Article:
The social enterprise business is now based in a larger premises on Pershore Road in Stirchley, which includes a new community bakery running five days a week and employing three members of staff, who help to make and sell breads such as sourdoughs, focaccias and ciabattas.
Loaf Cookery School’s new premises have been financed by Everards, the business’ landlord and a family brewery based in Leicester, which has invested £300,000 into purchasing the site and its refurbishment.
To fund the equipment, Loaf Cookery School said it arranged a ‘bread bonds’ deal, whereby the business asked 25 people to invest £1,000, which they get back after three years, along with a 6% interest rate paid in bread loaves rather than cash.
Tom Baker, founder of the Loaf Cookery School, told British Baker: “I started the cookery school back in November 2009 from my home, but I always wanted to have somewhere purpose-built to run the courses. It seemed ideal doing this as we have been really successful over the past three years and have sold out of our courses for two years solid.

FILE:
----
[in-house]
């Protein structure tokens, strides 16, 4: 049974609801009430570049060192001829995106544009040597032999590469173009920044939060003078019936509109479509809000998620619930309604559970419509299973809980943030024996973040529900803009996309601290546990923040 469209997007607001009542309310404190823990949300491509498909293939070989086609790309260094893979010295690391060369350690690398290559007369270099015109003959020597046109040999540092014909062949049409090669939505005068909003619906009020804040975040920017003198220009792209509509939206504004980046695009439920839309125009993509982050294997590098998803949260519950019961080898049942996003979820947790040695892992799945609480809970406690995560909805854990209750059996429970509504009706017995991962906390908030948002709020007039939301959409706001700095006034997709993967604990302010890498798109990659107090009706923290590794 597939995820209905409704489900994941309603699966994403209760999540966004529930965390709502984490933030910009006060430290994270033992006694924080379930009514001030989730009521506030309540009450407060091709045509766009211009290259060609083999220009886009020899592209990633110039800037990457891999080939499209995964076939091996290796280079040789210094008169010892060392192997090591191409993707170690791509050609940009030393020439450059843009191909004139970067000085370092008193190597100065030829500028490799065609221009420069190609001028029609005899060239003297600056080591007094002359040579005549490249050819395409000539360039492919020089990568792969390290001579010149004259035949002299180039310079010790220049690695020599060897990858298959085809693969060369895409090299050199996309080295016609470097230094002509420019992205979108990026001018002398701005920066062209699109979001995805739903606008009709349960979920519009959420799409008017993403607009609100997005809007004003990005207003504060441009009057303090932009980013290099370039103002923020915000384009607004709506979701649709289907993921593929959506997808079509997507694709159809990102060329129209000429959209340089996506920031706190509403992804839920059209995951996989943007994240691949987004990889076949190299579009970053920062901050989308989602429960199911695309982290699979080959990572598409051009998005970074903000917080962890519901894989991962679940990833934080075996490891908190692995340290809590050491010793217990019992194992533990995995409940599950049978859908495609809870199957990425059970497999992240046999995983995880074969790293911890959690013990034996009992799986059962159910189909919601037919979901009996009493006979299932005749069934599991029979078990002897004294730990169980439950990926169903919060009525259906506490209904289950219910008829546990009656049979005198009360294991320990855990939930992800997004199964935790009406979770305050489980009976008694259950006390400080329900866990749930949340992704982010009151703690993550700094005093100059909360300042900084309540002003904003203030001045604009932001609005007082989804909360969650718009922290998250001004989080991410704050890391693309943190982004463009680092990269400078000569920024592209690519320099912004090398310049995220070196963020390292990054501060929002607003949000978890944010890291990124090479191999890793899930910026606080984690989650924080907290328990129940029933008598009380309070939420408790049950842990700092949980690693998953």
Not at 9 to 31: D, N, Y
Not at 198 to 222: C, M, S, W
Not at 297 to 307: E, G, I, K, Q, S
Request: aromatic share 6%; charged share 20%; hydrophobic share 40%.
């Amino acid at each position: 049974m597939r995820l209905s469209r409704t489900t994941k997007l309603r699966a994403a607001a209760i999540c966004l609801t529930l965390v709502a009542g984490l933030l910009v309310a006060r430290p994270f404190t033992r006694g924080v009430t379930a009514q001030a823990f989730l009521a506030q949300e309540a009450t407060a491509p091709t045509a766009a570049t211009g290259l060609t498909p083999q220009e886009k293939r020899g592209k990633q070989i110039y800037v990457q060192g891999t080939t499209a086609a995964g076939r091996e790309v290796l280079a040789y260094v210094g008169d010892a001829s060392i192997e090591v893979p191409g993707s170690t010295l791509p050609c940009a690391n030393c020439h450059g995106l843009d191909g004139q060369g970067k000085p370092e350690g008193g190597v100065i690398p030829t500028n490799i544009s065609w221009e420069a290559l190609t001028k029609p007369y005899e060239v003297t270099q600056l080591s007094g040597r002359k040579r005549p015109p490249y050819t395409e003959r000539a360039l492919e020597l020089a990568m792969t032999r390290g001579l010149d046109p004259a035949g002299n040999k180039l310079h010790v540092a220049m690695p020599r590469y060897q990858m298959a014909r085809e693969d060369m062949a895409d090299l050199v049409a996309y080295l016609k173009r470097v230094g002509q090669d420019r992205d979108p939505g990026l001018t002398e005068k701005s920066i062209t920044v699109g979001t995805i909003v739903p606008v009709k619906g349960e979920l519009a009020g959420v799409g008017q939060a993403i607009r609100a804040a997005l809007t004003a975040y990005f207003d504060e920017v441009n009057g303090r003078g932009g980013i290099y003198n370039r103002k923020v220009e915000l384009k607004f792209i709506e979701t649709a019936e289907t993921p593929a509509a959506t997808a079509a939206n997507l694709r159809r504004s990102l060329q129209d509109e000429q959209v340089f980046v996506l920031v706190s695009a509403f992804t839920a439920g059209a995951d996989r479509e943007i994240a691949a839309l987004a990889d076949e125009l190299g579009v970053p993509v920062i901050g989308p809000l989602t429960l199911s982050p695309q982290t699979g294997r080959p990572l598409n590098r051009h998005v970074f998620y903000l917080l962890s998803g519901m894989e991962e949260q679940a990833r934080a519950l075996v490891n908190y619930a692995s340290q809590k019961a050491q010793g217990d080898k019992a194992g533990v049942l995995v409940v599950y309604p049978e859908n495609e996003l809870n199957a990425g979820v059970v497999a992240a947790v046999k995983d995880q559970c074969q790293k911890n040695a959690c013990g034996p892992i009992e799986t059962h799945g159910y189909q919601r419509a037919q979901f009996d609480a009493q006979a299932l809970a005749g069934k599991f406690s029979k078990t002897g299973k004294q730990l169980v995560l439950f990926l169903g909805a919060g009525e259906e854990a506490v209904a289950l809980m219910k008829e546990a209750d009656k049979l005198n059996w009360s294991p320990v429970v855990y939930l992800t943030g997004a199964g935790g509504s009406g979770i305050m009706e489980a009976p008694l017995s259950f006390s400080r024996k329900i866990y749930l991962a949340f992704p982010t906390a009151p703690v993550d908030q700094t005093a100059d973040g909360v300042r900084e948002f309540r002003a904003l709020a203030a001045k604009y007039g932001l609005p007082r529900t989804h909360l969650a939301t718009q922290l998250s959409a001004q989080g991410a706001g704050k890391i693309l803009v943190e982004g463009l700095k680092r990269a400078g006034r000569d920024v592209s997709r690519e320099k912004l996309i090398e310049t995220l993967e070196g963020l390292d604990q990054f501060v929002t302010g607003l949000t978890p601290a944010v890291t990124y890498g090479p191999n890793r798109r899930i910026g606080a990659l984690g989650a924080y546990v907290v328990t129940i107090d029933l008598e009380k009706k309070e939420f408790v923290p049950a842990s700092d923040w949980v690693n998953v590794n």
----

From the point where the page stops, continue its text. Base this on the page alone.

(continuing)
“I used to bake one day a week at home, but we now run the new bakery five days a week on the local high street. The bakery was a really small part of what I was doing before, especially in terms of income, because when you’re baking at home in a domestic oven, the scale is so tiny and I was only producing 50 loaves a week. So you don’t really make any money at that point.”
He added that the bakery is now starting to equal the cookery school in terms of turnover, making up to 800 loaves a week.
As a result of the move, Loaf Cookery School has managed to double its capacity in terms of the number of courses it offers and how many people it can take on. This includes its bakery training, mainly targeted at amateur bakers wanting to make bread at home or setting up microbakeries, including an introductory bread-making course and a dedicated sourdough course.
The business also offers additional cookery-focused training, such as butchery, fishmongery, wild food foraging and preserving.
“Being a social enterprise and being in Stirchley, we see that as being a big part of our social purpose because it’s a bit of a dead high street and it’s desperate for a bit of rejuvination,” said Baker. “We see ourselves being part of the regeneration of the area by getting people down to buy our bread and creating a bit of footfall.”